New on the Blog
- When Bill Gates drank a glass of water that just minutes before had been human sewage, he called attention to the fact that seeing issues as interrelated can turn problems into solutions.
- Parking is a drag. Cities can take steps to improve residents' and visitors' lives, with the help of similar technological tools to those that are revolutionizing transportation.
- Old patterns of urban and suburban development have changed, and may never return. It's important that thinking about the future not be tied unnecessarily to the ways of the past.
- As newly elected (and reelected) federal and state lawmakers take their seats, Frontier Group takes a look at the lay of the land in several issue areas, outlining opportunities and developments.
- Government transparency should extend beyond spending. In particular, taxpayer funded work performed by the Congressional Research Service, which informs major decisions by lawmakers, should be free and open to the public.
New Report: More Wind, Less Warming
America has enough wind energy potential to power the nation more than 10 times over. After more than a decade of rapid growth, wind energy now accounts for 4 percent of total U.S. electricity generation. In More Wind, Less Warming: How American Wind Energy’s Rapid Growth Can Help Solve Global Warming, we show that if America were to take advantage of just a fraction of its wind energy potential to get 30 percent of its electricity from the wind by 2030, the nation could eliminate the emissions from the equivalent of 254 of today's coal-fired power plants. (12/4/14) Photo of an offshore wind turbine in Norway by NREL/Senu Sirnivas.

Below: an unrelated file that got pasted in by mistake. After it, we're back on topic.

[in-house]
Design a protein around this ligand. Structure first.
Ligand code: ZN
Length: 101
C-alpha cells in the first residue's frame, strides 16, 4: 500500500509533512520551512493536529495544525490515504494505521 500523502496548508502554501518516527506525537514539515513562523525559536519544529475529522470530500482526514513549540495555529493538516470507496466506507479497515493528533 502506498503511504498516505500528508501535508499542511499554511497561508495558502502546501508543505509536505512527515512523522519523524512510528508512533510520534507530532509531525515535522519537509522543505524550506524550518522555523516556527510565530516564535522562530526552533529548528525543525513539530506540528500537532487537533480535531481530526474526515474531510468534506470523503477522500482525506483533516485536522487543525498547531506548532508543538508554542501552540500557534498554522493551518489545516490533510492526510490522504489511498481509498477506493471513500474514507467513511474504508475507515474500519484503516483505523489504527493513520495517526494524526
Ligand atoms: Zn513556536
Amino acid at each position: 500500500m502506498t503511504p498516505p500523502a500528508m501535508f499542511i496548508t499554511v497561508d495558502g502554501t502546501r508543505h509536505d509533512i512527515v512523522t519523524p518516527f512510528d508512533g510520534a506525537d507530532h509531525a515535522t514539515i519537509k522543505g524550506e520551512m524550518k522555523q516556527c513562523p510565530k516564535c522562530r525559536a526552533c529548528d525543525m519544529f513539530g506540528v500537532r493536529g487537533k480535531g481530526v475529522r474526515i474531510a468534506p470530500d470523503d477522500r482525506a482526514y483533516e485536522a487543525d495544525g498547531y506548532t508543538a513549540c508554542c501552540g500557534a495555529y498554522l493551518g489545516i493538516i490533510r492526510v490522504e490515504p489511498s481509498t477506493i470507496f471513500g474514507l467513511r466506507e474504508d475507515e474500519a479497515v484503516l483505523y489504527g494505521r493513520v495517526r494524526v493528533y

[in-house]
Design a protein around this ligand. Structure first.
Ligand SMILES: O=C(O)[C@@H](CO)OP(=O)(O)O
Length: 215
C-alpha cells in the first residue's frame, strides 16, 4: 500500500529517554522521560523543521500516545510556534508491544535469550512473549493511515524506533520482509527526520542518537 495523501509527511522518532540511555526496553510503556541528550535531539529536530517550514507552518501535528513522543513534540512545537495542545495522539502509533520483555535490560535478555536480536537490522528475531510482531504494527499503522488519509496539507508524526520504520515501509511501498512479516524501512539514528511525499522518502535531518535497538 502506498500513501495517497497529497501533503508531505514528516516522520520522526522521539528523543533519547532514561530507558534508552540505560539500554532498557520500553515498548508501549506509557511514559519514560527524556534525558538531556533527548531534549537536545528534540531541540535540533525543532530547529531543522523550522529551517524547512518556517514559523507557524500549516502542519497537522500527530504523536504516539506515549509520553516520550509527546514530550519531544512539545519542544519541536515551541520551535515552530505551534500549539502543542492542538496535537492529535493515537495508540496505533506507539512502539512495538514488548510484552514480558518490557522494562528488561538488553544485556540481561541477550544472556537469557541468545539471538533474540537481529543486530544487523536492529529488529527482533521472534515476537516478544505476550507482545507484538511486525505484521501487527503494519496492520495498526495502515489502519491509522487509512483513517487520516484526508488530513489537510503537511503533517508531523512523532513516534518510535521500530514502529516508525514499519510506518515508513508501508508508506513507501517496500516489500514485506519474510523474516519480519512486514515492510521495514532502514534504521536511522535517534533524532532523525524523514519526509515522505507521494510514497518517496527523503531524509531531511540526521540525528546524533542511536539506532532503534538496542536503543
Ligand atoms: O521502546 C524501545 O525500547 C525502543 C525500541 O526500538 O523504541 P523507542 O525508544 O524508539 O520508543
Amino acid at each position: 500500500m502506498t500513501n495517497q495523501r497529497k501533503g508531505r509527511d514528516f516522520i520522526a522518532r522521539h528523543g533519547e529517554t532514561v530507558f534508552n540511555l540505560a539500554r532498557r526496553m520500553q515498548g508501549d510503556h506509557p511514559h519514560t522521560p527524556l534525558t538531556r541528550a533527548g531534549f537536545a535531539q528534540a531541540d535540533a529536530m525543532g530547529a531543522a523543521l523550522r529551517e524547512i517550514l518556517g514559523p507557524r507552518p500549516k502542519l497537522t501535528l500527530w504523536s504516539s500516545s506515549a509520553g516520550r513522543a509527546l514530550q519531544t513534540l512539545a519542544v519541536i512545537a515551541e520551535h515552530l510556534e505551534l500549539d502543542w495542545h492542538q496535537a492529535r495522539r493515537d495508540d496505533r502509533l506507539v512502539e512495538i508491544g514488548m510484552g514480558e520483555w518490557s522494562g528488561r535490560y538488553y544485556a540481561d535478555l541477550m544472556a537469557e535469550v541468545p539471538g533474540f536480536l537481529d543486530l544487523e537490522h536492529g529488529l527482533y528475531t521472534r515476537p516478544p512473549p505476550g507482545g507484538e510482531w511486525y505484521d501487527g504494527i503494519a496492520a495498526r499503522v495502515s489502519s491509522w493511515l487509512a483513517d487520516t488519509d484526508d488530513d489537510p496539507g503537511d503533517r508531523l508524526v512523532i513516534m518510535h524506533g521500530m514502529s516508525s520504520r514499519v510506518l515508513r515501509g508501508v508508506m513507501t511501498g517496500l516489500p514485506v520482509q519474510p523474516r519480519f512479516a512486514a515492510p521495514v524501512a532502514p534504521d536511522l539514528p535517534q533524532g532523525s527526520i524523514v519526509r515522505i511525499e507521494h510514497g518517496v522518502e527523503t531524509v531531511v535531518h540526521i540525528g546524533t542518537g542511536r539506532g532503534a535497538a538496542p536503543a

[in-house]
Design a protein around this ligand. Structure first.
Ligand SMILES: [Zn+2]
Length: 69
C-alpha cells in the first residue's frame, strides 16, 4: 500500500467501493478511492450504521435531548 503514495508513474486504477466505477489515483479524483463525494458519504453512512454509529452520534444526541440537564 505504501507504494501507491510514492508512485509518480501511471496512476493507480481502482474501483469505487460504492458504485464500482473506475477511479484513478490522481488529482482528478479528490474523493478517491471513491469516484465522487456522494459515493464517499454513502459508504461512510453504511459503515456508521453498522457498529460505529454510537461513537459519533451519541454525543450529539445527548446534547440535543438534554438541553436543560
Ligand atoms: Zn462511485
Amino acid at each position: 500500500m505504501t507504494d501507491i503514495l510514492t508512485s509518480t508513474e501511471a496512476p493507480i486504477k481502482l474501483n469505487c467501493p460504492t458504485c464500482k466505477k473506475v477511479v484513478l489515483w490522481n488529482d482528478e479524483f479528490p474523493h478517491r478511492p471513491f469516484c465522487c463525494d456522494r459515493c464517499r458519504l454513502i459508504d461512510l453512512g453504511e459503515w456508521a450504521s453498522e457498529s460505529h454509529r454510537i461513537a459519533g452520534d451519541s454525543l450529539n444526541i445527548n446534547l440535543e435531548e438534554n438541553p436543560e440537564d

New Report: Star Power
America could meet its energy needs by capturing just a sliver of the virtually limitless and pollution-free energy that strikes the nation every day in the form of sunlight. With solar installation costs falling, the efficiency of solar cells rising, and the threats of air pollution and global warming ever-looming, solar power is becoming a more attractive and widespread source of energy every day. Star Power: The Growing Role of Solar Energy in America challenges our local, state and federal government officials to set strong goals and implement pro-solar policies to spur America to meet at least 10 percent of our nation’s electricity needs with solar power by 2030. (11/20/14)